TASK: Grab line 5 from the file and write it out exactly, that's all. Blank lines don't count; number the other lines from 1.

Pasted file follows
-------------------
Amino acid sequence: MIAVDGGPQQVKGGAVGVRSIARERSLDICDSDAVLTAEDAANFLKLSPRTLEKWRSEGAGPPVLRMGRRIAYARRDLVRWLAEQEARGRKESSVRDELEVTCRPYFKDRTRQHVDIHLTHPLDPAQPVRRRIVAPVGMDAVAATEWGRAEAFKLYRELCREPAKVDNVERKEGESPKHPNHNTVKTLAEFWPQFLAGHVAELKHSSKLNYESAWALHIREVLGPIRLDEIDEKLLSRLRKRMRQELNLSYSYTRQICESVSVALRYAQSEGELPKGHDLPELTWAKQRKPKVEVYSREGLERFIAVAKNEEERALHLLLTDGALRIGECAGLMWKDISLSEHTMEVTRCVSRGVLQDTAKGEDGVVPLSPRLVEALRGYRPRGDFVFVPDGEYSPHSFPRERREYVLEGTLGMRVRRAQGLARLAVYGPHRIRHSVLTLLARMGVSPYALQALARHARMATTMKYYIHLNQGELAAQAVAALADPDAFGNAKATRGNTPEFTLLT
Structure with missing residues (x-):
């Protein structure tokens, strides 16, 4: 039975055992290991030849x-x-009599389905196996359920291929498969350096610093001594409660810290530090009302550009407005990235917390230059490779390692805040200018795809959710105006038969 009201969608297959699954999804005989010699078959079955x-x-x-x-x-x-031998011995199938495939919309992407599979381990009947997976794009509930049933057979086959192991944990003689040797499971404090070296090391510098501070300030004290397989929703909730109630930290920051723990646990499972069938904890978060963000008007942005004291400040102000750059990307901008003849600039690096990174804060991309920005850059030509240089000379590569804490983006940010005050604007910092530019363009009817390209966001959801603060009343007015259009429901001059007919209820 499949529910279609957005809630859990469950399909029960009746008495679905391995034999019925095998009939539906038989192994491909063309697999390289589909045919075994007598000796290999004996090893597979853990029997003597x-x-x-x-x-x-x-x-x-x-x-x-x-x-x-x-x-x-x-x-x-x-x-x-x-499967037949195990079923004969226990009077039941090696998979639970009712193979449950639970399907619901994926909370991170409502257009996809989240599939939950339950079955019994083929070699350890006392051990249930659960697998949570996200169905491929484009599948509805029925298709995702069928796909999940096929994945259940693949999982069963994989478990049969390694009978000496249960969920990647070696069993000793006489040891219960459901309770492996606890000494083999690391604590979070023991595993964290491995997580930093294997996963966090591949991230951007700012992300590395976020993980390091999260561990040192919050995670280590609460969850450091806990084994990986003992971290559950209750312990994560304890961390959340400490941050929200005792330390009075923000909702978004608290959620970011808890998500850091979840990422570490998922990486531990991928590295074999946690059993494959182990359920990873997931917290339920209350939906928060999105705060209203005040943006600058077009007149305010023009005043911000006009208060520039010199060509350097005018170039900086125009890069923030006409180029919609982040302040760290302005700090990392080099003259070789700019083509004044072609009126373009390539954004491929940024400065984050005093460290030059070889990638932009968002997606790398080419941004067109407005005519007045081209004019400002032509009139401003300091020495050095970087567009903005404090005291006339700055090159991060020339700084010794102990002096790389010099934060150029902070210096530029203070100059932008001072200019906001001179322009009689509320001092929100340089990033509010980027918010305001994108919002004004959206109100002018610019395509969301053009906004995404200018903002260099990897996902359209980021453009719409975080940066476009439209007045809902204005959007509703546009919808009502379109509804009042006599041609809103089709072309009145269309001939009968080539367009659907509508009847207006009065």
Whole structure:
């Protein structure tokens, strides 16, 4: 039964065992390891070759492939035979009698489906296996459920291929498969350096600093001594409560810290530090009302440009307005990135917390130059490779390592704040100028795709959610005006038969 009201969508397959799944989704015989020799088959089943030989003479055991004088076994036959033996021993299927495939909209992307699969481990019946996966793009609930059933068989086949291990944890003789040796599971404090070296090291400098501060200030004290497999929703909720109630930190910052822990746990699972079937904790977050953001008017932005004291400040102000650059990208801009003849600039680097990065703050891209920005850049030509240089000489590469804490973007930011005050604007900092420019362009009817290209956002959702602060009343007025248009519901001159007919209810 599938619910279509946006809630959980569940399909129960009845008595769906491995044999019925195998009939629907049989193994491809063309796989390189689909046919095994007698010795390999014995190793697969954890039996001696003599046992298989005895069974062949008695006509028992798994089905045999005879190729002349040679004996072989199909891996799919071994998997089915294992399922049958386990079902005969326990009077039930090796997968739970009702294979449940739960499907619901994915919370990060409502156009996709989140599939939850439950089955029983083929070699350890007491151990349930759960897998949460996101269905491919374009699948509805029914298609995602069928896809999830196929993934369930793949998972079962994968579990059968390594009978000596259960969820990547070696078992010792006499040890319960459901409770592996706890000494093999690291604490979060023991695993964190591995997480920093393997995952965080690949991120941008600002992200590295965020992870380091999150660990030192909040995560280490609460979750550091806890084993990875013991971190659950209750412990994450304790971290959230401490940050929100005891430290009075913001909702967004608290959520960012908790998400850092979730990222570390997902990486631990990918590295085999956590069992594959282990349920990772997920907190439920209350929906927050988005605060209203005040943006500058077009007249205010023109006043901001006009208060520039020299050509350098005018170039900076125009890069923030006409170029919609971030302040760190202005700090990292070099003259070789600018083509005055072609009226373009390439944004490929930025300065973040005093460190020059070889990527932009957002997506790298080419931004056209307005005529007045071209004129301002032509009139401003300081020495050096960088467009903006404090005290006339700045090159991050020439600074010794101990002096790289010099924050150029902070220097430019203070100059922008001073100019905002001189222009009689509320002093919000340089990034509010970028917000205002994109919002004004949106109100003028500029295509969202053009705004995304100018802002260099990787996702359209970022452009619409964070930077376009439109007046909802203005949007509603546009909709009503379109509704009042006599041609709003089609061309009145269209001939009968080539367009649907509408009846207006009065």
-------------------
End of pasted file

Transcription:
């Protein structure tokens, strides 16, 4: 039964065992390891070759492939035979009698489906296996459920291929498969350096600093001594409560810290530090009302440009307005990135917390130059490779390592704040100028795709959610005006038969 009201969508397959799944989704015989020799088959089943030989003479055991004088076994036959033996021993299927495939909209992307699969481990019946996966793009609930059933068989086949291990944890003789040796599971404090070296090291400098501060200030004290497999929703909720109630930190910052822990746990699972079937904790977050953001008017932005004291400040102000650059990208801009003849600039680097990065703050891209920005850049030509240089000489590469804490973007930011005050604007900092420019362009009817290209956002959702602060009343007025248009519901001159007919209810 599938619910279509946006809630959980569940399909129960009845008595769906491995044999019925195998009939629907049989193994491809063309796989390189689909046919095994007698010795390999014995190793697969954890039996001696003599046992298989005895069974062949008695006509028992798994089905045999005879190729002349040679004996072989199909891996799919071994998997089915294992399922049958386990079902005969326990009077039930090796997968739970009702294979449940739960499907619901994915919370990060409502156009996709989140599939939850439950089955029983083929070699350890007491151990349930759960897998949460996101269905491919374009699948509805029914298609995602069928896809999830196929993934369930793949998972079962994968579990059968390594009978000596259960969820990547070696078992010792006499040890319960459901409770592996706890000494093999690291604490979060023991695993964190591995997480920093393997995952965080690949991120941008600002992200590295965020992870380091999150660990030192909040995560280490609460979750550091806890084993990875013991971190659950209750412990994450304790971290959230401490940050929100005891430290009075913001909702967004608290959520960012908790998400850092979730990222570390997902990486631990990918590295085999956590069992594959282990349920990772997920907190439920209350929906927050988005605060209203005040943006500058077009007249205010023109006043901001006009208060520039020299050509350098005018170039900076125009890069923030006409170029919609971030302040760190202005700090990292070099003259070789600018083509005055072609009226373009390439944004490929930025300065973040005093460190020059070889990527932009957002997506790298080419931004056209307005005529007045071209004129301002032509009139401003300081020495050096960088467009903006404090005290006339700045090159991050020439600074010794101990002096790289010099924050150029902070220097430019203070100059922008001073100019905002001189222009009689509320002093919000340089990034509010970028917000205002994109919002004004949106109100003028500029295509969202053009705004995304100018802002260099990787996702359209970022452009619409964070930077376009439109007046909802203005949007509603546009909709009503379109509704009042006599041609709003089609061309009145269209001939009968080539367009649907509408009846207006009065």